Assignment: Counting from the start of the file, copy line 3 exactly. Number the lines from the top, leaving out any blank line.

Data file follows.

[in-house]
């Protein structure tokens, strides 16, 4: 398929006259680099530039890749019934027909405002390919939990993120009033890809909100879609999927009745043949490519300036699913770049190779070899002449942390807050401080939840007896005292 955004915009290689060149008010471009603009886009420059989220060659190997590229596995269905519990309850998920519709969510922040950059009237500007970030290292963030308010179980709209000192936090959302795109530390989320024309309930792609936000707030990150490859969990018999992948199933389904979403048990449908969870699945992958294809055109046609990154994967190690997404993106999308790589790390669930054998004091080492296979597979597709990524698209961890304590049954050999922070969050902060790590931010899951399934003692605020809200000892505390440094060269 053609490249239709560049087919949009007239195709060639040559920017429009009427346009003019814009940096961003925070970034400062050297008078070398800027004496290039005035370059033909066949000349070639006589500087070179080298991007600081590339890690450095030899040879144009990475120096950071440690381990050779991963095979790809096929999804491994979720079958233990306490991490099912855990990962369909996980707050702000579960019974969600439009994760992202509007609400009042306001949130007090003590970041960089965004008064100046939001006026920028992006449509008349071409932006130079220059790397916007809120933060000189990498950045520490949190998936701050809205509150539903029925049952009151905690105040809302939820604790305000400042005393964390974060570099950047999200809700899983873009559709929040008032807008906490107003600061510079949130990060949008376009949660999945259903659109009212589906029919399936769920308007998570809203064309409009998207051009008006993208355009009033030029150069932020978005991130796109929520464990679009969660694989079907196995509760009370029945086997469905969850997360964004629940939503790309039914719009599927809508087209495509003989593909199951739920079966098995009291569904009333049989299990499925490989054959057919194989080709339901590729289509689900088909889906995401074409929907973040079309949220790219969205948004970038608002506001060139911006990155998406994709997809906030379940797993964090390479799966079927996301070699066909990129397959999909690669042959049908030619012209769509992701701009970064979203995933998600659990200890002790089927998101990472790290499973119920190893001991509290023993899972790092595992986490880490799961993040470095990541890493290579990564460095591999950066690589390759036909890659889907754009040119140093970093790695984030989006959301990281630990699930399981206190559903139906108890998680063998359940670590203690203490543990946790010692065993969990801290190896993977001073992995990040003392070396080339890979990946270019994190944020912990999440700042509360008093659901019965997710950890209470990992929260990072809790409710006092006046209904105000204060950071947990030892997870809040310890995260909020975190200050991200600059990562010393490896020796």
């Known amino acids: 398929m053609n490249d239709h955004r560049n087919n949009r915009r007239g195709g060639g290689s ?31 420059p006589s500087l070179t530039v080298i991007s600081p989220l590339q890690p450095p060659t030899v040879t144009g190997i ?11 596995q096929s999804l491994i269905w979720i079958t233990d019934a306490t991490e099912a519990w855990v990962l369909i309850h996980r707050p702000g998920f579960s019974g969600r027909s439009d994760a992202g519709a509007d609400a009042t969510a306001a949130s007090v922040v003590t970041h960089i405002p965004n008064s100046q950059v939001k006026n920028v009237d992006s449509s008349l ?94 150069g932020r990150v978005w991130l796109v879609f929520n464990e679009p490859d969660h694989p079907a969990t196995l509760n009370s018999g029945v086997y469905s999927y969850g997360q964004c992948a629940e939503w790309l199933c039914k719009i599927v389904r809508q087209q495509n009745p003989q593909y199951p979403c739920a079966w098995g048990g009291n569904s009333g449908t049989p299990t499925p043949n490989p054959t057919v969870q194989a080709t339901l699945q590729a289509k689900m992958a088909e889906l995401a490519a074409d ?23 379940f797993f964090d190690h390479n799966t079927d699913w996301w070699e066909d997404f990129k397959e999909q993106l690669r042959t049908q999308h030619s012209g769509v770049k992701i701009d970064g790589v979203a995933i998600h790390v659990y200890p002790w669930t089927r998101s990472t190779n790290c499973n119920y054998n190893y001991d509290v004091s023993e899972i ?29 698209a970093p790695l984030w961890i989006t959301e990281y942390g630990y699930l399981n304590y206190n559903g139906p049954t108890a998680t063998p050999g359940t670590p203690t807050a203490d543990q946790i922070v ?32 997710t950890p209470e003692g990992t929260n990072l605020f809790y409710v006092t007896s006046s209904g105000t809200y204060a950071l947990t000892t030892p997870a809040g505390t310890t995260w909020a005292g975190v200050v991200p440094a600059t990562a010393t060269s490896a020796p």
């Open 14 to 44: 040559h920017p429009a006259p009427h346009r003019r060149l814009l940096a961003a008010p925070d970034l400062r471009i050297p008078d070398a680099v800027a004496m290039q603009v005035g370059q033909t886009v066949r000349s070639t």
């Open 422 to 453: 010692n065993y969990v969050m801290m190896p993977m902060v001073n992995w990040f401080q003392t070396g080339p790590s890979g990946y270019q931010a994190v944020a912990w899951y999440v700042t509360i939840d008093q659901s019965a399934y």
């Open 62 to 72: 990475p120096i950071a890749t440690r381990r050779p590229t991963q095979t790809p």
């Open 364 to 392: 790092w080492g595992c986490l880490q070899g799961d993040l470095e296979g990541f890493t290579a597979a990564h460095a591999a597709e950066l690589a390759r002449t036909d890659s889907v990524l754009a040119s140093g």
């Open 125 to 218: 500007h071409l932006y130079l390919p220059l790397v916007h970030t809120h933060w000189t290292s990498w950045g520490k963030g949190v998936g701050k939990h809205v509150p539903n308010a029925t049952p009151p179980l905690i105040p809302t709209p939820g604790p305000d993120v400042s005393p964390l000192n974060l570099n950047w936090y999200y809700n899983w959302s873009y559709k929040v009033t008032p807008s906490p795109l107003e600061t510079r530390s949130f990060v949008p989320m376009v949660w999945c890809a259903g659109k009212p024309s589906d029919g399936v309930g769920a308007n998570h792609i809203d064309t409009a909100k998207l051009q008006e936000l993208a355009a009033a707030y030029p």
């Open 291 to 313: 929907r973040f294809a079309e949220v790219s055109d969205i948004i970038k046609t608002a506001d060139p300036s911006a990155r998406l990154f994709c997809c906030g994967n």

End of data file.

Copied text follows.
């Known amino acids: 398929m053609n490249d239709h955004r560049n087919n949009r915009r007239g195709g060639g290689s ?31 420059p006589s500087l070179t530039v080298i991007s600081p989220l590339q890690p450095p060659t030899v040879t144009g190997i ?11 596995q096929s999804l491994i269905w979720i079958t233990d019934a306490t991490e099912a519990w855990v990962l369909i309850h996980r707050p702000g998920f579960s019974g969600r027909s439009d994760a992202g519709a509007d609400a009042t969510a306001a949130s007090v922040v003590t970041h960089i405002p965004n008064s100046q950059v939001k006026n920028v009237d992006s449509s008349l ?94 150069g932020r990150v978005w991130l796109v879609f929520n464990e679009p490859d969660h694989p079907a969990t196995l509760n009370s018999g029945v086997y469905s999927y969850g997360q964004c992948a629940e939503w790309l199933c039914k719009i599927v389904r809508q087209q495509n009745p003989q593909y199951p979403c739920a079966w098995g048990g009291n569904s009333g449908t049989p299990t499925p043949n490989p054959t057919v969870q194989a080709t339901l699945q590729a289509k689900m992958a088909e889906l995401a490519a074409d ?23 379940f797993f964090d190690h390479n799966t079927d699913w996301w070699e066909d997404f990129k397959e999909q993106l690669r042959t049908q999308h030619s012209g769509v770049k992701i701009d970064g790589v979203a995933i998600h790390v659990y200890p002790w669930t089927r998101s990472t190779n790290c499973n119920y054998n190893y001991d509290v004091s023993e899972i ?29 698209a970093p790695l984030w961890i989006t959301e990281y942390g630990y699930l399981n304590y206190n559903g139906p049954t108890a998680t063998p050999g359940t670590p203690t807050a203490d543990q946790i922070v ?32 997710t950890p209470e003692g990992t929260n990072l605020f809790y409710v006092t007896s006046s209904g105000t809200y204060a950071l947990t000892t030892p997870a809040g505390t310890t995260w909020a005292g975190v200050v991200p440094a600059t990562a010393t060269s490896a020796p």